From Philip Reed, 18 October 1805 (Abstract)
§ From Philip Reed.1 18 October 1805, Kent County, Maryland. “Not having the honor of being personally known to you, it might perhaps appear presuming in me to trouble you with this letter, if the occasion did not seem to Justify it, I must therefore rely on this circumstance for my apology.
“The death of Judge Winchester, having vacated his Seat, as district Judge, of the district of Maryland,2 I have taken the liberty to mention Major Robert Wright,3 as a proper person to fill that place. I have no doubt it would be agreeable to the major, should he meet the approbation of the President of the U. States.
“This gentleman being a senator of the U. States, must be known to the government. The sense of the State of Maryland, of his worth, has been tested by his appointment at an important crisis of our political affairs, and his political reputation in tha⟨t⟩; appointment has gratified public expectation. But there are some particulars attaching to the charactor and pretintions of Major Wright, which may not be so well known; It remains therefore for me to speak of those facts. He was one of the most early, active and zealous supporters of the revolution. In 1776, he Served a campaign as a private Voluntier, in a minute company, In the fall of that year he was electe⟨d⟩; in the Legislature of this State, in which he served (with the exception of one year) during the war. He joined the campaig⟨n⟩; of 1777 in the same Regiment with me, and was justly considered one of the most active and meritorious officers in the Corps. As a Lawyer he has practised for upwards of thirty years, in the General, and Several of the County Courts of this State, with great reputation. Having had the honor of a Seat on the bench of Kents County Court, for nearly eleven years, I have had an opportunity of being a witness of Mr. Wrights conduct as a practitioner at that Bar, during which time, he has discharged his duty as a Lawyer with attention, candour, integrity and distinguished ability. His Standing at the general Court Bar, is well known to Judge Duval, near the U. States, to whom permit me to refer. As a republican Mr. Wrights conduct has been firm and uniform and his exertions have contributed not a little to the present happy state of things. I must beg leave, further, to observe, that with the exception of M⟨r⟩; Paca (deceased) who formerly held the office of Judge for the district of Maryland,4 the Eastern Shore has had no appointment of any importance under the Federal government. Our Situation with regard to the Chesepeak, is so insulated that we Seem to be cut off from public notice, altho of eighteen Counties in the State, the E. Shore compose eight.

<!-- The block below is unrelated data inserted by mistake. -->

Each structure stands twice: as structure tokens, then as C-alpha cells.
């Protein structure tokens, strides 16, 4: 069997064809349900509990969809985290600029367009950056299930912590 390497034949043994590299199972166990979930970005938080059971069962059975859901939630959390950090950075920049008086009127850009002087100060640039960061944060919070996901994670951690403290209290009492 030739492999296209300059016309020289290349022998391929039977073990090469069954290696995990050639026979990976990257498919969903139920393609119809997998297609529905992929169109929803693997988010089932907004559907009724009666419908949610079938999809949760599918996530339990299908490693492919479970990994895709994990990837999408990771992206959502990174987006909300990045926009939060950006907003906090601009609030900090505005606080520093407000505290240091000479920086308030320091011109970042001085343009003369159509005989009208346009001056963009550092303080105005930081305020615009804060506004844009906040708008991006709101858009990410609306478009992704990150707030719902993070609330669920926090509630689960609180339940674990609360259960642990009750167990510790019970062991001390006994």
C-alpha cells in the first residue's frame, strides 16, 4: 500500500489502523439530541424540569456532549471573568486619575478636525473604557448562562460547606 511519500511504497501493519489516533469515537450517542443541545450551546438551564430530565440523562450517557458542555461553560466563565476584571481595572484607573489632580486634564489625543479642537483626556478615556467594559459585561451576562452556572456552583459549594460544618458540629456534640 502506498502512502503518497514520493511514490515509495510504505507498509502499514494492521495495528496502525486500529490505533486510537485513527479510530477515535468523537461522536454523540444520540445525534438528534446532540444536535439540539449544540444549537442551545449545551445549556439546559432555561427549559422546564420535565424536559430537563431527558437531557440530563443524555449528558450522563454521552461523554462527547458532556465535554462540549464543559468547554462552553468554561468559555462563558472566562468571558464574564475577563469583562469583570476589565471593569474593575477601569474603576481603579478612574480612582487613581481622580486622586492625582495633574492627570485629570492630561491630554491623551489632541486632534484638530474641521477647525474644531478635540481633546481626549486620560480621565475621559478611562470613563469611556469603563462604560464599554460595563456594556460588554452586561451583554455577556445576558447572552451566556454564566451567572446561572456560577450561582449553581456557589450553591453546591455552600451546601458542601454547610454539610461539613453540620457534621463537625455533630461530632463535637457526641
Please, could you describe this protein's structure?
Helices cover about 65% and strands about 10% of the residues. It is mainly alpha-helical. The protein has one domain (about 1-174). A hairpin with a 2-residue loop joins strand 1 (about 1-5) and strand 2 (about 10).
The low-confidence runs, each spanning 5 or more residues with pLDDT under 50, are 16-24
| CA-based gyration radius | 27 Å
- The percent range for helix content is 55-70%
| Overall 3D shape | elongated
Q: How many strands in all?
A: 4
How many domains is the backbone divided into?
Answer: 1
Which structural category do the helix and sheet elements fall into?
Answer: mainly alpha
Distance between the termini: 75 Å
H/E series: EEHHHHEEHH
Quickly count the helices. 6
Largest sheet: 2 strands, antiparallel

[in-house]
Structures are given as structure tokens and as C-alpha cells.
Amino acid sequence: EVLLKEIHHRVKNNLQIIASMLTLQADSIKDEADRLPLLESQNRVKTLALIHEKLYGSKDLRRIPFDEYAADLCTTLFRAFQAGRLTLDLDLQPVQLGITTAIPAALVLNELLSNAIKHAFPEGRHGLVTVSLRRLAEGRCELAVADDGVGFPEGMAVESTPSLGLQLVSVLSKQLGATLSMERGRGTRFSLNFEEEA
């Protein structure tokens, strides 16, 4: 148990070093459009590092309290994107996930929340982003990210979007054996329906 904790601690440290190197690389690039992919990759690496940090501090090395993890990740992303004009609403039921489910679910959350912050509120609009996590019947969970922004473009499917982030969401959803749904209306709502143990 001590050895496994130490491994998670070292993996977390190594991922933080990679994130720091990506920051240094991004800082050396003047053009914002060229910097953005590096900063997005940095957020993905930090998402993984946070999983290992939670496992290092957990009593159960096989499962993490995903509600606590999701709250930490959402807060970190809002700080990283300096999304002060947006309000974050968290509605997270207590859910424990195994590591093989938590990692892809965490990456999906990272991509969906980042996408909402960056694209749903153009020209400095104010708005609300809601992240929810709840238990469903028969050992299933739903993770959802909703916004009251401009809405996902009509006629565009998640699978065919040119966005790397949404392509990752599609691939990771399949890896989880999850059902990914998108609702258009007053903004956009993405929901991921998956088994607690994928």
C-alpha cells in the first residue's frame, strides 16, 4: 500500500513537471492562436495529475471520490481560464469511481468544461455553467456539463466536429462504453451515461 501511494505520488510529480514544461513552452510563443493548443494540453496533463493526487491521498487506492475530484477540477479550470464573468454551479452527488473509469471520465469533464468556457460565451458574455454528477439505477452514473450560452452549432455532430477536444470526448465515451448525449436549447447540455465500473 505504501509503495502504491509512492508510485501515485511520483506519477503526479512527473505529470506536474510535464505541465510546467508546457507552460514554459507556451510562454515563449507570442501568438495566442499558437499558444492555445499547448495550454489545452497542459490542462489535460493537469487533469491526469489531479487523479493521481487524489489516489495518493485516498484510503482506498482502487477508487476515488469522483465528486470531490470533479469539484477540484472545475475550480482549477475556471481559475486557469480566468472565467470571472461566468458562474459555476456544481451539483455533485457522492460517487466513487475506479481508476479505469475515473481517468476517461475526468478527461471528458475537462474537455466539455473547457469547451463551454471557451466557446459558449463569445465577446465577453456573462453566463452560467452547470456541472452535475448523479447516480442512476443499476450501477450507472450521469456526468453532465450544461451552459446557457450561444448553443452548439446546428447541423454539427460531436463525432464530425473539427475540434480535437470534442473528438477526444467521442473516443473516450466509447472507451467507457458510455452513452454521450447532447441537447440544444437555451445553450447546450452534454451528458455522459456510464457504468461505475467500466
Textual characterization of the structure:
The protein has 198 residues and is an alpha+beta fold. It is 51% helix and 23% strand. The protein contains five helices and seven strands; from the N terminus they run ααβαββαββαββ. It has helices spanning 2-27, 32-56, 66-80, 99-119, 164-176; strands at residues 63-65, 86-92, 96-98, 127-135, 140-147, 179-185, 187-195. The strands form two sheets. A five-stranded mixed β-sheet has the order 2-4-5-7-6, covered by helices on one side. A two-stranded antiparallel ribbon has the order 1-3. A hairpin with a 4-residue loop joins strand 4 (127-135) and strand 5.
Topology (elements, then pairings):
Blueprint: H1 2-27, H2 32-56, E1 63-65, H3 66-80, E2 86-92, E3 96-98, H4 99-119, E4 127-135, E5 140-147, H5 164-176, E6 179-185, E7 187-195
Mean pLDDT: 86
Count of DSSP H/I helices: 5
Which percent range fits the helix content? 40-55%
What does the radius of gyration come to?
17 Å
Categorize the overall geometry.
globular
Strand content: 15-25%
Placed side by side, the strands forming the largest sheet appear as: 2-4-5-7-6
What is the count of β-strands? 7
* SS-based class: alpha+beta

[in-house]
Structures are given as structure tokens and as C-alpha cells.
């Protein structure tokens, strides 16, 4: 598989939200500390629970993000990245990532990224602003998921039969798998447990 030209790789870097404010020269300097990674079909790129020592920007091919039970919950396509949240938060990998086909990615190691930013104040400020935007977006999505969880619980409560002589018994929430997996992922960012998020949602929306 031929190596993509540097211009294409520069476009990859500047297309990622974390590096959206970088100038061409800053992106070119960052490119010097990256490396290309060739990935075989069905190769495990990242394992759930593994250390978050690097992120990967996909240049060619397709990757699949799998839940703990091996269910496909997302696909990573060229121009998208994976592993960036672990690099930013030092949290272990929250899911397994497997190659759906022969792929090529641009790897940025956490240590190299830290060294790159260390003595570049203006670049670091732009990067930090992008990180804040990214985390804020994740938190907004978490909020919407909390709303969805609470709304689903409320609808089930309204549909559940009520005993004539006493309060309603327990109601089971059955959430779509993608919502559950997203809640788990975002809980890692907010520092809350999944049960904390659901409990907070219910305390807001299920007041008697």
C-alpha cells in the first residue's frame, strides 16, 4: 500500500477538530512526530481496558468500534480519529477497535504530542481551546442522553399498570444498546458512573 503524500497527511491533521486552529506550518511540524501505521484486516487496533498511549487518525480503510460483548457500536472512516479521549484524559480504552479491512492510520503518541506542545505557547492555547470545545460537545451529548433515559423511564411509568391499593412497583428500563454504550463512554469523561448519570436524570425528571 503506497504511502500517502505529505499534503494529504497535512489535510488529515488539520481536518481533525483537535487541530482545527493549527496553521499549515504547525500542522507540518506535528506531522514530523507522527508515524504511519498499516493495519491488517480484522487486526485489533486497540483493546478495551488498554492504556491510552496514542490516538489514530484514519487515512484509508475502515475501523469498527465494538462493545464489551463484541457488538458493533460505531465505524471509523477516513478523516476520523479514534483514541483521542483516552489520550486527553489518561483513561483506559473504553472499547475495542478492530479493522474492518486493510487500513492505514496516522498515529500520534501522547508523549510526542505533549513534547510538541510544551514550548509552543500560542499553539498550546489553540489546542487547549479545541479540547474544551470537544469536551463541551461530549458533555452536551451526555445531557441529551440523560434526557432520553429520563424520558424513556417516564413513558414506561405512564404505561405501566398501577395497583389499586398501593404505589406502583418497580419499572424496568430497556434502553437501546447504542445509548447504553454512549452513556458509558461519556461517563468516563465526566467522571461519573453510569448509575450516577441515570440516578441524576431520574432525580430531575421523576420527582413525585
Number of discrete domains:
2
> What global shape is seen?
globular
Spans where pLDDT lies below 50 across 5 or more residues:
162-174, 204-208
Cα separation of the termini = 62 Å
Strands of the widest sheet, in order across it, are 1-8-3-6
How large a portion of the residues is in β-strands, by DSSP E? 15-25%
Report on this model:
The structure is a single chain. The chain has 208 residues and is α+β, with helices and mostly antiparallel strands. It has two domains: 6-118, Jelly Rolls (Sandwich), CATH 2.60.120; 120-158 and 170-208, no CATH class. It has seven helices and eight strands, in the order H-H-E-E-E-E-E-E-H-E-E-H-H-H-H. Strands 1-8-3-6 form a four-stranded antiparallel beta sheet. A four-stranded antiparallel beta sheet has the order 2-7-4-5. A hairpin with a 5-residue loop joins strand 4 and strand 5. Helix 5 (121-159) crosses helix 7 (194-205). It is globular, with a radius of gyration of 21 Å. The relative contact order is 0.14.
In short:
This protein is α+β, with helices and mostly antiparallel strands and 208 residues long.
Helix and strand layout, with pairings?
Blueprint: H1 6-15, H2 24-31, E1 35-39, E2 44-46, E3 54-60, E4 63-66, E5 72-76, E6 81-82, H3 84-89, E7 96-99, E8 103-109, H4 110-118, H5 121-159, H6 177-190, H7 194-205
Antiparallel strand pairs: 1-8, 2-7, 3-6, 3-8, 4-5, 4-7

“Pardon the freedom I have taken and ascribe it to a desire of lending my feeble efforts to serve a person who I think merit⟨s⟩; a portion of the attention of the govt.”
RC (DNA: RG 59, LAR, 1801–9, filed under “Wright”). 4 pp.; docketed by Jefferson. Extensively damaged at margins.
1. Revolutionary War veteran Philip Reed (1760–1829) was one of the original members of the Society of the Cincinnati and also served in the Maryland militia in the War of 1812. He served in the U.S. Senate from 1807 to 1813, and in the U.S. House of Representatives from 1817 to 1819 and again from 1822 to 1823. He was an associate justice in Kent County from 1794 to at least 1816 (Papenfuse et al., Biographical Dictionary of the Maryland Legislature, 2:674–75).
2. Reed was mistaken: Judge James Winchester did not die until 5 Apr. 1806 (Maryland Republican Star or Eastern Shore General Advertiser, 15 Apr. 1806).
3. Revolutionary War veteran Robert Wright (1752–1826) was admitted to the Maryland bar in 1773. He served in the military from 1776 to the conclusion of peace, after which he was elected to the Maryland House of Delegates. In 1801 he was chosen to represent the state in the U.S. Senate, where he was a staunch Jeffersonian. He resigned in 1806 to become governor, a post he held until 1809. In 1810 he was elected to the U.S. House of Representatives, where he served until 1817 and again from 1821 to 1823. In 1822 he was named district judge for Maryland’s lower Eastern Shore, a position he held until his death.
4. William Paca (1740–1799) was educated to the law in Annapolis and London. He was a member of the Continental Congress and a signer of the Declaration of Independence. He was governor of Maryland from November 1782 to November 1785 and was a delegate to the 1788 state convention that ratified the Constitution. In 1789 Washington named him judge of the U.S. court for Maryland, where he served from 1789 until his death.